Did you know that fibre is anti-inflammatory?

Inflammation and Nutrition

For a long time, we’ve focused on the role of fibre in promoting good digestive health and keeping us regular. But, eating enough fibre can actually help reduce levels of inflammation throughout our whole body. The problem is that most of us don’t get enough fibre: on average we eat around 18g daily when we should be aiming for at least 30g. Try filling up on the following high fibre foods:

 

Food Fibre content per serving
Oats8g in 1 cup
Chickpeas12.5g in 1 cup cooked chickpeas
Lentils13.1g in 1 cup cooked lentils
Pear5.5g in one medium pear (with skin)
Banana3.1g in a medium banana
Aubergine8g in ½ an aubergine
Flax seeds5g in 1 tbsp
Dark chocolate (80% cocoa)3g in 30g piece

Anti-inflammatory Super Foods

Inflammation and Nutrition

Brightly coloured fruits, vegetables, and herbs contain antioxidants that reduce the impact of inflammation in our bodies. So filling up with 5 servings of vegetables and 2 servings of fruit daily is a must and cooking with spices is a great way to prevent the

negative impact of inflammation. Certain fruits and vegetables deserve special attention because they have been shown to have powerful anti-inflammatory effects:

Broccoli – is rich in sulphur, which the body uses to make anti-inflammatory compounds

Pomegranate – pomegranate seeds contain unique compounds that have powerful anti-inflammatory activity

Onions – boring old onions contain a potent anti-inflammatory compound called quercetin, which is also found in green tea and apples

Cherries – cherries are rich in anti-inflammatory substances and the antioxidant melatonin and are sometimes used to treat arthritis

Turmeric – an anti-inflammatory powerhouse try and include it in your diet on a regular basis

Ginger – eating raw ginger root in curries and stir fries will reduce inflammatory activity in the body

Avoid pro-inflammatory foods

While increasing our intake of anti-inflammatory foods, we must also aim to reduce our intake of foods that are known to increase levels of inflammation in our body. In addition to the omega-6 fats found in sunflower oil or vegetable oil other foods known to increase inflammation include:

Trans fats:  found in margarine and processed baked goods

Processed meats: salami, bacon and sausages

Refined carbohydrates: crackers, crisps, white bread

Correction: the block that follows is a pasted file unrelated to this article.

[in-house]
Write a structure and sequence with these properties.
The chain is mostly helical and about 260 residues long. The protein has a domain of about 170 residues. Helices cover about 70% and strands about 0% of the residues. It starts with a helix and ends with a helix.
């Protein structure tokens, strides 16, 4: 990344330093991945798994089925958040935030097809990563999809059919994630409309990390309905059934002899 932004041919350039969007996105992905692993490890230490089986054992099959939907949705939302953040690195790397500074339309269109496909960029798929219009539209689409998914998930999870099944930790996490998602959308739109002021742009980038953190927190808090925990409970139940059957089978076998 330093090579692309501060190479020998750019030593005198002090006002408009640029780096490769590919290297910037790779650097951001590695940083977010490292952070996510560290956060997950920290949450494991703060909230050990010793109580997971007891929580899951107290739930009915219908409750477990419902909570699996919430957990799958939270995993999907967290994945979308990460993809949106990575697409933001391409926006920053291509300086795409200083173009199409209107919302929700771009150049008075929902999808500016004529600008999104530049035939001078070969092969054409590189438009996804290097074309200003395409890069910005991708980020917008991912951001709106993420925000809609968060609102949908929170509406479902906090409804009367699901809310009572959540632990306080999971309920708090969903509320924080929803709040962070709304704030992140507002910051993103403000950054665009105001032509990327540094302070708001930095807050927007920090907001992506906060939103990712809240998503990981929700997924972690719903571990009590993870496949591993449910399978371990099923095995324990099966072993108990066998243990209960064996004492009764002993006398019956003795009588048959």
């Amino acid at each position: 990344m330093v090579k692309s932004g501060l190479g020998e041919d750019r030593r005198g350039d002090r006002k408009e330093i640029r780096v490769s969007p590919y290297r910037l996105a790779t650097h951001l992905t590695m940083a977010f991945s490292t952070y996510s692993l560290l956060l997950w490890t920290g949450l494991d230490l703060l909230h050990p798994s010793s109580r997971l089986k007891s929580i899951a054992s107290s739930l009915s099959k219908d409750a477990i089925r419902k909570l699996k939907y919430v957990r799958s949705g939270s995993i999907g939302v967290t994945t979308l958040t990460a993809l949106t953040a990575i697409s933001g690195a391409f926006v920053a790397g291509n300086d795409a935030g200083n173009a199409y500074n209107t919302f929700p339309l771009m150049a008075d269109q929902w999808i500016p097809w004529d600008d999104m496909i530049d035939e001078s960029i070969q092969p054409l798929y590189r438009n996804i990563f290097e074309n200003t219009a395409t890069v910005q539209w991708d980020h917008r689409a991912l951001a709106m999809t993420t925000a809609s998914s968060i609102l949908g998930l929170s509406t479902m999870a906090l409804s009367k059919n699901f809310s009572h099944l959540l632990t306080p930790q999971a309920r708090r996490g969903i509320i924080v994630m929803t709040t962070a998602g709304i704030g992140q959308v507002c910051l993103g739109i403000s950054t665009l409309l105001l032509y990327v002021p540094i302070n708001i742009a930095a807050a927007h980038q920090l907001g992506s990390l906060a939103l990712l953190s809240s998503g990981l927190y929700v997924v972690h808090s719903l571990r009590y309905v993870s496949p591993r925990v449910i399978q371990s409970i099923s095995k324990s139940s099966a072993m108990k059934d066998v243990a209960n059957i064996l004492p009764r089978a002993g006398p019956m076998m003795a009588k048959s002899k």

Alcohol: binge drinking leads to an increase in LPS from the gut in the bloodstream

Sugary drinks: soft drinks (even diet drinks) and fruit juices

By keeping our intake of these foods to a minimum (for example have bacon and sausages once a week as a treat) and filling our diet with anti-inflammatory foods we can make a huge difference to the impact of inflammation on our reproductive health.

 

References

Boots CE, Jungheim ES. Inflammation and Human Ovarian Follicular Dynamics. Semin Reprod Med. 2015 Jul;33(4):270-5.

Davis JS. Connecting Female Infertility to Obesity, Inflammation, and Maternal Gut Dysbiosis. Endocrinology. 2016 May;157(5):1725-7.

Weghofer A, Barad DH, Darmon SK, Kushnir VA, Albertini DF, Gleicher N. Euploid miscarriage is associated with elevated serum C-reactive protein levels in infertile women: a pilot study. Arch Gynecol Obstet. 2020;301(3):831-836.

Bhandari P, Rishi P, Prabha V. Positive effect of probiotic Lactobacillus plantarum in reversing LPS-induced infertility in a mouse model. J Med Microbiol. 2016 May;65(5):345-350.

Zhang L, Li N, des Robert C, Fang M, Liboni K, McMahon R, Caicedo RA, Neu J. Lactobacillus rhamnosus GG decreases lipopolysaccharide-induced systemic inflammation in a gastrostomy-fed infant rat model. J Pediatr Gastroenterol Nutr. 2006 May;42(5):545-52.

Wdowiak A, Gujski M, Bojar I, Raczkiewicz D, Bartosińska J, Wdowiak-Filip A, Filip R. Chronic Inflammation Impairs Male Fertility-A Case-Control Study in Ulcerative Colitis Patients. J Clin Med. 2021 Apr 2;10(7):1460. doi: 10.3390/jcm10071460. PMID: 33918143; PMCID: PMC8038073.

Katia Keglberg Hærvig, Lene Kierkegaard, Rikke Lund, Helle Bruunsgaard, Merete Osler & Lone Schmidt (2018) Is male factor infertility associated with midlife low-grade inflammation? A population based study, Human Fertility, 21:2, 146-154,

 

Zhan XX, Qing XR, Shang XJ, Huang YF. [Lipopolysaccharide affects male reproductive function through Toll-like receptors]. Zhonghua Nan Ke Xue. 2013 Feb;19(2):163-8. Chinese. PMID: 23441460.